TechStars Seattle Demos: One Room, 10 Startups, Tons of Potential
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Facebook profiles of men, and allows women to “vouch” for a good guy by ranking his positive attributes or giving short testimonials.
Men end up with profile pages in a women-centric dating network, and women can use the service without creating a profile themselves if they wish. LikeBright tested its concept with a contest, and got 400 signups—70 percent of them women, which Soman said blows away other online dating concepts.
The company plans a freemium model that charges once users who want to explore the dating pool outside their friend network. LikeBright has commitments for $200,000 out of a $600,000 round.
Tagline: Turn your smartphone into a robot.
Just like the description says, this startup offers a $40 hardware kit that allows users to plug their iPhone into a little cradle that powers a pair of small tank-style tracks, while displaying a cute little animated face on the screen. Fun enough—but Romotive sees this as just the beginning, seeking to build a platform for countless apps that would power “Romo.”
The company is already profitable, raising $75,000 on Kickstarter and selling more than 900 robots to hundreds of people around the globe. The company’s longer-range plan involves selling apps that would bring new tricks and behaviors to the Romo, allowing others to develop apps through an API, and licensing the technology.
Romotive makes 50 percent gross profits on the little robots already, without being at scale to any real degree. The company is currently raising a $500,000 round to build out its application platform and seek patents for its technology.
Tagline: Design beautiful, effective online flyers and publish instantly.
This pair of Israeli entrepreneurs have built a platform that allows users to create simple, single-page promotional websites for a business, cause, or event with very little work. It’s meant to reach millions of small-business owners and other “self-service marketers” in the U.S., a “long tail” play capitalizing on a large market of small players.
The Smore team thinks this is a big business opportunity, however. “We already declined an acquisition offer from a very high-profile company that came while we were in TechStars,” co-founder Gilad Avidan said.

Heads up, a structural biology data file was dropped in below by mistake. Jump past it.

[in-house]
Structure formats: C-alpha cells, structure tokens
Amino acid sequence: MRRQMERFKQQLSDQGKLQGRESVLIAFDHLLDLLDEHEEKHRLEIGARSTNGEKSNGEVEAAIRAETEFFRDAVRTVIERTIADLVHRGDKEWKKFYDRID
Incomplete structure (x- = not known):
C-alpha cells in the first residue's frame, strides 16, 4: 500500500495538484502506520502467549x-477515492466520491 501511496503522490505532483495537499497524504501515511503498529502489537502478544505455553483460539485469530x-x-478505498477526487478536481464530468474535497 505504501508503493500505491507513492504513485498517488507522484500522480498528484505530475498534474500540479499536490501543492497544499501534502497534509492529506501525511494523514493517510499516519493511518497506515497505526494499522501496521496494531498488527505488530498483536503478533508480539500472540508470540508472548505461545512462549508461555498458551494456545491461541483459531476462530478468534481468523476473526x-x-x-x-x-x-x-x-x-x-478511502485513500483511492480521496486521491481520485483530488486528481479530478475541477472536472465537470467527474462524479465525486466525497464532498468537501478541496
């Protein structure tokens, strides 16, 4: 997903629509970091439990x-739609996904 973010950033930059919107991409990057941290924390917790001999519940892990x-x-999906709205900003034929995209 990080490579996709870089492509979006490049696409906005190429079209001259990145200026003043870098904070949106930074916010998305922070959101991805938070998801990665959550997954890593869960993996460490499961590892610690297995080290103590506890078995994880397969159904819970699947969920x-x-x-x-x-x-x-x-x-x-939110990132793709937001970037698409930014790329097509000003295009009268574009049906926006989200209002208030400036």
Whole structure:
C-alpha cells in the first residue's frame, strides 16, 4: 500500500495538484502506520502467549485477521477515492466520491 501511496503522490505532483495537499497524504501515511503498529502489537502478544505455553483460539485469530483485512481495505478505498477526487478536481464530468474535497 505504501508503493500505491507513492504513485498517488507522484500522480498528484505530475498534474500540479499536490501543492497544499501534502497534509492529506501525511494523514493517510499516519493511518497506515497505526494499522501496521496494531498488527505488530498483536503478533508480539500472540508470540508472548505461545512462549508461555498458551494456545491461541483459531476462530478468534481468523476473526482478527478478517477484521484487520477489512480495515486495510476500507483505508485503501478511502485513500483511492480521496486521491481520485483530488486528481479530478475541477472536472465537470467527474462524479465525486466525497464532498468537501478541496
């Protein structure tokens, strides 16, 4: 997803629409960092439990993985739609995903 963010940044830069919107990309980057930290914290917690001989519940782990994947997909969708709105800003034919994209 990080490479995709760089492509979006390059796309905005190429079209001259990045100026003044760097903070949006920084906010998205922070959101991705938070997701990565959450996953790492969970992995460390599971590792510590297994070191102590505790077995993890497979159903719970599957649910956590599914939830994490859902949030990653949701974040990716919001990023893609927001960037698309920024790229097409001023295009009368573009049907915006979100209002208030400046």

Smore pages come pre-loaded with tools for easy promotional campaigns, including social sharing, and analytics to track how well the page is performing. The sites are free to make, with the startup making money on ads that are purchased for Facebook or Google campaigns or e-commerce and fundraising activity. Smore is raising $500,000, with half already committed through Seattle-area angels.
Tagline: Highly visual and interactive personal profiles.
This startup pulls together the truckloads of data that people post online, through profiles in places like LinkedIn and Facebook or location and reading utilities, and even personal blogs. What it spits out is a beautiful, layered, multifaceted personal webpage that showcases personal photos, experience, writing, and other elements of a user’s online life.
Those pages aren’t just static, either. They constantly refresh and update with new data—so if you go on a blogging jag about airline travel or change jobs or post new photos from a trip, the graphs and timelines that reflect your online life will change along with it.
Vizify is a freemium model, giving away basic sites but charging for upgrade packages that target specific professions. It allows real estate agents to showcase their listings and sales, lawyers to brag about their cases and honors, or salespeople to input their numbers or rankings. Vizify is raising $750,000, with $250,000 already committed from investors including Jonathan Sposato and Geoff Entress.
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